Body camera footage of Chicago police raiding an innocent Black woman’s home and handcuffing her while she was naked has been released. The incident occurred last February when a group of male police officers barged through Anjanette Young’s door with a battering ram.
“I had just gotten home from work,” the hospital social worker told CBS 2 Chicago. “I was undressing in my bedroom.”
“You see them running up to the apartment complex with the battering ram in their hand,” she said looking at the body camera footage after the incident. “… It was so traumatic to hear the way the thing was hitting the door.”
After bursting through Young’s door, the group of male officers ran in with guns raised.
“It happened so fast, I didn’t have time to put on clothes,” she recalled. “I was just standing there. Terrified. Humiliated. Not even understanding why this was happening to me.”
A report by CBS 2 found that Young told cops they were in the wrong house at least 43 times. The woman was left standing naked for almost 15 minutes, until a female police officer finally arrived and walked Young to her room so she could get dressed.
“There were big guns,” Young said. “Guns with lights and scopes on them. And they were yelling at me, you know, ‘Put your hands up!’”
“It’s one of those moments where I felt I could have died that night,” she added. “Like if I would have made one wrong move, it felt like they would have shot me. I truly believe they would have shot me.”
As Young had told the officers repeatedly, they were in the wrong house. CBS 2 found that police had relied solely on an anonymous tip about a male felon living at Young’s address. However, the informant was mistaken, and the suspect actually lived in the unit next door and had no connection to Young whatsoever.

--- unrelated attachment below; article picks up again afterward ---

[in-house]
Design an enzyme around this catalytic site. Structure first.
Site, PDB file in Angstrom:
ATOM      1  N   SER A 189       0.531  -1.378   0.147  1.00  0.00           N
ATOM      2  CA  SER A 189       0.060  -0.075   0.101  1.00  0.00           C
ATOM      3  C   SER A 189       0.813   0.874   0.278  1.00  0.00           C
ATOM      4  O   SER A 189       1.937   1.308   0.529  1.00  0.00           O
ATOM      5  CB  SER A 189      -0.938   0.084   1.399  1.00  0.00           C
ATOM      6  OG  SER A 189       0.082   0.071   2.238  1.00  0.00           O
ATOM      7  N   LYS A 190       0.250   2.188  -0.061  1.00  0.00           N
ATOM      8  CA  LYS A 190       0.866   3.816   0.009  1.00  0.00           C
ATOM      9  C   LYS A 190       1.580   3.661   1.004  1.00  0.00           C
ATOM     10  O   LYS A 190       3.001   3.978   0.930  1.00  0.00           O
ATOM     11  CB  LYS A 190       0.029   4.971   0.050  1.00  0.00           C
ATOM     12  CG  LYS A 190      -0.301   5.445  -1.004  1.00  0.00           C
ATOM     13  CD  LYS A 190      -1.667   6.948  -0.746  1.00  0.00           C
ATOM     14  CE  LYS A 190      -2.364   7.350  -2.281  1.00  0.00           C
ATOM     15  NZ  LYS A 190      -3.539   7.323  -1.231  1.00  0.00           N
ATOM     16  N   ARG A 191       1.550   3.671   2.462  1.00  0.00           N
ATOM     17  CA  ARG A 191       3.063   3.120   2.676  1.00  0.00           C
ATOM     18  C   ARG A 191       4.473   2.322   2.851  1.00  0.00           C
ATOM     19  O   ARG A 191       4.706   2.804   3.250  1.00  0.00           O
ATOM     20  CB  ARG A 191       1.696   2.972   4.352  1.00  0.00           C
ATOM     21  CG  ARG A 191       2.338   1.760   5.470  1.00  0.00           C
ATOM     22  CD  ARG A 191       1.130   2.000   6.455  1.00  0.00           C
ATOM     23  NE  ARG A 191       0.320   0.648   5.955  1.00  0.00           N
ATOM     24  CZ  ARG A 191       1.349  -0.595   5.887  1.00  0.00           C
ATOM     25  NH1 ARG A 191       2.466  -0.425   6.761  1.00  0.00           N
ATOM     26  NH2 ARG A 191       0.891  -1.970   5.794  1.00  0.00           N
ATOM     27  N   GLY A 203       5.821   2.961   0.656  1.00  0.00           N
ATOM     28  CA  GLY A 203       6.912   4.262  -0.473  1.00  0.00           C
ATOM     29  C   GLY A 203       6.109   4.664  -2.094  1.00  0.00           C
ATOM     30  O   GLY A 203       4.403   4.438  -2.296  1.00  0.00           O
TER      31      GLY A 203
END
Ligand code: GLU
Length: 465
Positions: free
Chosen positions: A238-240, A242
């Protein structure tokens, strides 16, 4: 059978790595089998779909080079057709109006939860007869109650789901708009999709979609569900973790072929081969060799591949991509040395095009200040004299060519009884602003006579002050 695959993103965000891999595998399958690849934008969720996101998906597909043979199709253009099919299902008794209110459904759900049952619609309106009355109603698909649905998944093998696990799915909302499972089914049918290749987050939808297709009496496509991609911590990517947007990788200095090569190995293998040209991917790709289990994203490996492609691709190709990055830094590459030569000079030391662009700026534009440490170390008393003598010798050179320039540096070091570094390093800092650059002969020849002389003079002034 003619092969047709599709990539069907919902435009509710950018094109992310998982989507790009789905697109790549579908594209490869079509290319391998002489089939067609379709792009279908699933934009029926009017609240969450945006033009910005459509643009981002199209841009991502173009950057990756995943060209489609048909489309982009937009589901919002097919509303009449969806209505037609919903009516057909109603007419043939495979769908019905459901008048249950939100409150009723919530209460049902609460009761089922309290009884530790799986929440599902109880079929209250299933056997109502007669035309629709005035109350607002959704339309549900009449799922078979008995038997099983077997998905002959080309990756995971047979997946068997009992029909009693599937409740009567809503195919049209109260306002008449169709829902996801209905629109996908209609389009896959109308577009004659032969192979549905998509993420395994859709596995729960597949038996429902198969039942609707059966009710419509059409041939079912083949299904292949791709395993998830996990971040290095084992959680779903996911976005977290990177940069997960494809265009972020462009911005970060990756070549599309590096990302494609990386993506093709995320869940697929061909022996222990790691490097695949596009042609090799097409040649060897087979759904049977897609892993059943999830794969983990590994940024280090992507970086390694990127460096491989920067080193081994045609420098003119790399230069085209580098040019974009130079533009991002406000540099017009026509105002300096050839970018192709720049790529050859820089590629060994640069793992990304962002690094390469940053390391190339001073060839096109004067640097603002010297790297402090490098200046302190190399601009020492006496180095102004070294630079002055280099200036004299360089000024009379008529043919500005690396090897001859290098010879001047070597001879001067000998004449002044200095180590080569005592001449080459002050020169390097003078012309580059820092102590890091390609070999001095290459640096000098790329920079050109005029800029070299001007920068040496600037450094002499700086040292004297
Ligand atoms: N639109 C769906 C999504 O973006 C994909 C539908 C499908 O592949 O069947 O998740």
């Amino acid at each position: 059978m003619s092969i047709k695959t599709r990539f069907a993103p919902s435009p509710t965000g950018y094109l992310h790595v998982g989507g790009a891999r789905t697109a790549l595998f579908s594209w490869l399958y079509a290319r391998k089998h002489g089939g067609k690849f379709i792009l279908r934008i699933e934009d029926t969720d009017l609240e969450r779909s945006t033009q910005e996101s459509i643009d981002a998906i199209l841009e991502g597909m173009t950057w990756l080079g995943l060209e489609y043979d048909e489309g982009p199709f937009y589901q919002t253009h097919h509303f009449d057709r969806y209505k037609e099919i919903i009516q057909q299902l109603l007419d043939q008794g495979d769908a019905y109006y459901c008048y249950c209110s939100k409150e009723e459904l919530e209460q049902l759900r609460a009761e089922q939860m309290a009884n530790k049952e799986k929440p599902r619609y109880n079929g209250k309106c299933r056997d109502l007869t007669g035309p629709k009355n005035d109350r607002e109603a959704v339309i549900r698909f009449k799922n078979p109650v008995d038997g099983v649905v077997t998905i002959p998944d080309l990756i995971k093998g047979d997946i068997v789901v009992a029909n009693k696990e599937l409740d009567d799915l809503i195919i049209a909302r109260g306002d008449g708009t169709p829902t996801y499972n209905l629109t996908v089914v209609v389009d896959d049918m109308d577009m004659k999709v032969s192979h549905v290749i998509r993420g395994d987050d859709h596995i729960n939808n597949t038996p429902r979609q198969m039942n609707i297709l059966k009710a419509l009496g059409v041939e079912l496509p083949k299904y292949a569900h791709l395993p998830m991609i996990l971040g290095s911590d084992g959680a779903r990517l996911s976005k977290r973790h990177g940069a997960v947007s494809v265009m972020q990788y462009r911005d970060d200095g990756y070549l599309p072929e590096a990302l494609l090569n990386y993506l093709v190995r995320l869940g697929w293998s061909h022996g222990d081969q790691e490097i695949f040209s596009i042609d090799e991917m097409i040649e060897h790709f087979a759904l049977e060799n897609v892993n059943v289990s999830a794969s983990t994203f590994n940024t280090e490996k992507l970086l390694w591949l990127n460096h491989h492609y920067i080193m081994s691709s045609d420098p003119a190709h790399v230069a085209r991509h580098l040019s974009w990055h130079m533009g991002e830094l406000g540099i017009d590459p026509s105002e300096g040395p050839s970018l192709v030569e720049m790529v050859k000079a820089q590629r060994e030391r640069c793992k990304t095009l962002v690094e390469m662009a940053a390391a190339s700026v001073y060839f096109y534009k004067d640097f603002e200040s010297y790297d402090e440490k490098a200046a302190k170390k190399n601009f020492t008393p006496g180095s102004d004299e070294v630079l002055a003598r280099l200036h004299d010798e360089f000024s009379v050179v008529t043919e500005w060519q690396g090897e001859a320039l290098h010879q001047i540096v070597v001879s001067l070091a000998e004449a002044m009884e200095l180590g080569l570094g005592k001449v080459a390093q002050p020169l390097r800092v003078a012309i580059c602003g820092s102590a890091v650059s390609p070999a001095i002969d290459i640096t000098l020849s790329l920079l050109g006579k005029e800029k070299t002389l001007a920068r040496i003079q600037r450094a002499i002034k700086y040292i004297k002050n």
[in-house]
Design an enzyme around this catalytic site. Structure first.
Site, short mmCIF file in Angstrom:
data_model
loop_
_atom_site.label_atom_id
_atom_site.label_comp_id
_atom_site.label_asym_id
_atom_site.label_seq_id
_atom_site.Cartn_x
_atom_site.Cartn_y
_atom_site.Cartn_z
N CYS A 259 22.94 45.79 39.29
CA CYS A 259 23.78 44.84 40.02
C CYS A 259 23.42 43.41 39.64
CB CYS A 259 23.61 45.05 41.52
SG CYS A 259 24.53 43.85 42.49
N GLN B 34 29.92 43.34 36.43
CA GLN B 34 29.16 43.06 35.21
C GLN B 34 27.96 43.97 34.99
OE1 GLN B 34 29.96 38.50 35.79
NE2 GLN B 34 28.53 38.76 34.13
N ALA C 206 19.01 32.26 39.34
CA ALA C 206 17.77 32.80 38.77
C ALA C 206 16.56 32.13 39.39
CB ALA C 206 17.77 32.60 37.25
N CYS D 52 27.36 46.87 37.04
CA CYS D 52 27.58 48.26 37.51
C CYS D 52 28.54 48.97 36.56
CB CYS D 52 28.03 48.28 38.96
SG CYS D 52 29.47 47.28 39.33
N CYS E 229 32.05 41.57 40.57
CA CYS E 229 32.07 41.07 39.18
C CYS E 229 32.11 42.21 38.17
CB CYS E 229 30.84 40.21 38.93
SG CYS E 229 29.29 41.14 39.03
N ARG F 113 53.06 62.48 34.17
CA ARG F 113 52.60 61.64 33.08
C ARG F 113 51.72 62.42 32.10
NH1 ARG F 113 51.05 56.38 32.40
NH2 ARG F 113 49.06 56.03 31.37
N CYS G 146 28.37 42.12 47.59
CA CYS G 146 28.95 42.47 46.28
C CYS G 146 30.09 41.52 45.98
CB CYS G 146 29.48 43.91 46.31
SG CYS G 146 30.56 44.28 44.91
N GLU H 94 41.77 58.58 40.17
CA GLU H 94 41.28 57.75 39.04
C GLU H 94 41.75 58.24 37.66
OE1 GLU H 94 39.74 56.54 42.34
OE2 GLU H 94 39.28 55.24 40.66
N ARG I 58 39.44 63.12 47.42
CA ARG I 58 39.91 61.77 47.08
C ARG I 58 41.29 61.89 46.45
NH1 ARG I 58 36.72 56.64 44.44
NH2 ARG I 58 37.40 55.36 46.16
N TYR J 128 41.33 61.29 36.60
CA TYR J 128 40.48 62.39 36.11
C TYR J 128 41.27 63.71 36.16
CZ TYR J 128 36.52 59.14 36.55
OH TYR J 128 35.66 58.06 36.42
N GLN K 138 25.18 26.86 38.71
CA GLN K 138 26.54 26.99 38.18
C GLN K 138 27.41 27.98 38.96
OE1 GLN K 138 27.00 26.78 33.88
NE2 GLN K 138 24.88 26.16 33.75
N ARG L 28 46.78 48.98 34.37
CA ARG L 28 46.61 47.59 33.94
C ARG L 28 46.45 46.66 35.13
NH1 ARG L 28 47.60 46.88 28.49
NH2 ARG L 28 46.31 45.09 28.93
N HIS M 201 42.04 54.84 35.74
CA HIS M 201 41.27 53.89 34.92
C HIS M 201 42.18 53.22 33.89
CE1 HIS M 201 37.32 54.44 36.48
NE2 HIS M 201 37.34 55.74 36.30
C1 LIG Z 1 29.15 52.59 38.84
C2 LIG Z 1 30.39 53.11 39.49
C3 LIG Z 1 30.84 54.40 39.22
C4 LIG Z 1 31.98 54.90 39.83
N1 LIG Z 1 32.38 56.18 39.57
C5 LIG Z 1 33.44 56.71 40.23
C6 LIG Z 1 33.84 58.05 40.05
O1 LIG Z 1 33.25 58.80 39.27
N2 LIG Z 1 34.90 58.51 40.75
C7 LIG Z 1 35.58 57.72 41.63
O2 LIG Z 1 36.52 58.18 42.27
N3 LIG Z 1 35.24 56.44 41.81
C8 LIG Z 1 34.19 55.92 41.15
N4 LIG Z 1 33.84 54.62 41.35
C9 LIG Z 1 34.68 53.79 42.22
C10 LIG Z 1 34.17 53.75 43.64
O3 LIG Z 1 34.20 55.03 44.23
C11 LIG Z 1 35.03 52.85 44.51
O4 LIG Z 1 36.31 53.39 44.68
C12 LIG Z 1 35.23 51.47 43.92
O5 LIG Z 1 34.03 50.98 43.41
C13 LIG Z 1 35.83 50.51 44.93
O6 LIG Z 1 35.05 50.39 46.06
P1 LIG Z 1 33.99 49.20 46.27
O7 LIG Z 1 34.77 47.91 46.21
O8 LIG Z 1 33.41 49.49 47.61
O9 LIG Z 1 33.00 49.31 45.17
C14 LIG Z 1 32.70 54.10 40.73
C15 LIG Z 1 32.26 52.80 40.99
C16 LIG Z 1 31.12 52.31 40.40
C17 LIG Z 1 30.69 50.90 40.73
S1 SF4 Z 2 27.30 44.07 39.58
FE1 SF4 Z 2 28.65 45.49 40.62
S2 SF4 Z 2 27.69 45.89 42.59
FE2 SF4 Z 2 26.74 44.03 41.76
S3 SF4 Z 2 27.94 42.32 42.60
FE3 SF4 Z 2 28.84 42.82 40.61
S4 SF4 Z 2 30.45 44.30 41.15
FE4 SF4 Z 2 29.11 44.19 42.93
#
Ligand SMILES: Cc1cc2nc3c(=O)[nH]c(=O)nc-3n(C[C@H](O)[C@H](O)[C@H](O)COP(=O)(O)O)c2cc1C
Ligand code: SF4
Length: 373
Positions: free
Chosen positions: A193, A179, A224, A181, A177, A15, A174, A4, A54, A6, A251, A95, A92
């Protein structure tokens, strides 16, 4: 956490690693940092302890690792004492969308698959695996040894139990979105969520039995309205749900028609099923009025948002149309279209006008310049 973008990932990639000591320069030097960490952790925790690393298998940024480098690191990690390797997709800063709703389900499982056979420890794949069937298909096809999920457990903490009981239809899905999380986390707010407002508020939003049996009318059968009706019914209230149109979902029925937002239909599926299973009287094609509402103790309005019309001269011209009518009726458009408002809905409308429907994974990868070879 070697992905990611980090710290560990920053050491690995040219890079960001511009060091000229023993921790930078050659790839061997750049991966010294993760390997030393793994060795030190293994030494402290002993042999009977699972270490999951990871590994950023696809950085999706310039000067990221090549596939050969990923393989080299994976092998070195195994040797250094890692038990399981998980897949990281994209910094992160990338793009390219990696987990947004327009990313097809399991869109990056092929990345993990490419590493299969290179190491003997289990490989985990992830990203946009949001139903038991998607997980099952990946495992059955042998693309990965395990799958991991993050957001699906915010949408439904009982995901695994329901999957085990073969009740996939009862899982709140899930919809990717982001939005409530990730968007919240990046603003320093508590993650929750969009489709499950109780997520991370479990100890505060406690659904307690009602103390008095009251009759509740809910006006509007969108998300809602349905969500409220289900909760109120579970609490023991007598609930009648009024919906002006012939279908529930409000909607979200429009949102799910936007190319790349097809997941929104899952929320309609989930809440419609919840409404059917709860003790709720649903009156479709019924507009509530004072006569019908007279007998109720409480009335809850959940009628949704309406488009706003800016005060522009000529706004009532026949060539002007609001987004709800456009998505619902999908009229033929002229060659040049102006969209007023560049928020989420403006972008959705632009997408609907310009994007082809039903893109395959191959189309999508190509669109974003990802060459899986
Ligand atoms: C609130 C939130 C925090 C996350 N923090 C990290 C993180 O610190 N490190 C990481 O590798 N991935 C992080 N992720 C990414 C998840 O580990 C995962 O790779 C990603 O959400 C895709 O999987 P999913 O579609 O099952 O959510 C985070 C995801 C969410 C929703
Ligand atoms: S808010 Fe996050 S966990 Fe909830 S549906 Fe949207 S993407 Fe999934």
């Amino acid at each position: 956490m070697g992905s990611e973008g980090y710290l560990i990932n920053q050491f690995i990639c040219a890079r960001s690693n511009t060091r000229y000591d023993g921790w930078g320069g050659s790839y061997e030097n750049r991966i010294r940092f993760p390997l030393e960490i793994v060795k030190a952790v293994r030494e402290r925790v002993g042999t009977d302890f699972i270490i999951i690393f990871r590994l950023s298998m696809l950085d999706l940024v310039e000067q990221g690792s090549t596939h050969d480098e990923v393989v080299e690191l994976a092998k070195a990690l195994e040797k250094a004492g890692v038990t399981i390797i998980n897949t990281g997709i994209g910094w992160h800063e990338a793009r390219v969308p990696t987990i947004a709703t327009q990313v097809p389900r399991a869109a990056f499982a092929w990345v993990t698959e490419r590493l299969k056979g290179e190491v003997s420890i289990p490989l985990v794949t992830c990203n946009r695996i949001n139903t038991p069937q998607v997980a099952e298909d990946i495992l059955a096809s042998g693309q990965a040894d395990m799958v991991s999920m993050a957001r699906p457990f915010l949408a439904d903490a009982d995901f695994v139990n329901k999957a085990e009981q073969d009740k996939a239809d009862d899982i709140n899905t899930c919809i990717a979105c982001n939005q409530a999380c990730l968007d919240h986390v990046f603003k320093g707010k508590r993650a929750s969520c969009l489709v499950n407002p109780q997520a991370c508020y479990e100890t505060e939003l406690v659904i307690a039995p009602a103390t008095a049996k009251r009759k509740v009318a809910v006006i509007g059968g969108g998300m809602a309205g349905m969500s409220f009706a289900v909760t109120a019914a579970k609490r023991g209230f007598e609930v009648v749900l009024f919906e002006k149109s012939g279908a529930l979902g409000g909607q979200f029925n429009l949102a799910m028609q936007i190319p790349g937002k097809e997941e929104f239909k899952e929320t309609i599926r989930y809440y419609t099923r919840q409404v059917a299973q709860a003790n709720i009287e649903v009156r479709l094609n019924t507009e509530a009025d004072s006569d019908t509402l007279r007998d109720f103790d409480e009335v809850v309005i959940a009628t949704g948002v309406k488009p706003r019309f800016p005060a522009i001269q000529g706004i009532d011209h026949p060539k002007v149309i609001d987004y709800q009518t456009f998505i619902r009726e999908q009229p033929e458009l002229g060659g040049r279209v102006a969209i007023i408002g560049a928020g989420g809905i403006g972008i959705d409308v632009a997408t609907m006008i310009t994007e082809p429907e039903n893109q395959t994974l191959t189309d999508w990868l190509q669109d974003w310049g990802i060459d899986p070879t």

According to CBS 2, the cops failed to do a basic check to make sure they had the correct address before the raid. The outlet also notes that police could have easily located the suspect because he was wearing an electronic monitoring device at the time.
A conversation between officers captured in the body camera footage also raises questions about how the search warrant was obtained.
“It wasn’t initially approved or some crap,” one officer could be a heard saying about the warrant.
“What does that mean?” a second officer asked.
“I have no idea,” the first responded. “I mean, they told him it was approved, then I guess that person messed up on their end.”
The Chicago Police Department tried several legal maneuvers to prevent the body camera footage from being released and aired on CBS 2. Young previously filed a Freedom of Information Act to request the video, but was denied. She was only recently granted access after suing the police department.
“If this had been a young woman in Lincoln Park by herself in her home naked; a young white woman — let’s just be frank – [would] the reaction would have been the same? I don’t think it would have been,” Young’s lawyer Keenan Saulter said. “I think [officers] would have saw that woman, rightfully so, as someone who was vulnerable; someone who deserved protection; someone who deserved to have their dignity maintained. They viewed Ms. Young as less than human.”
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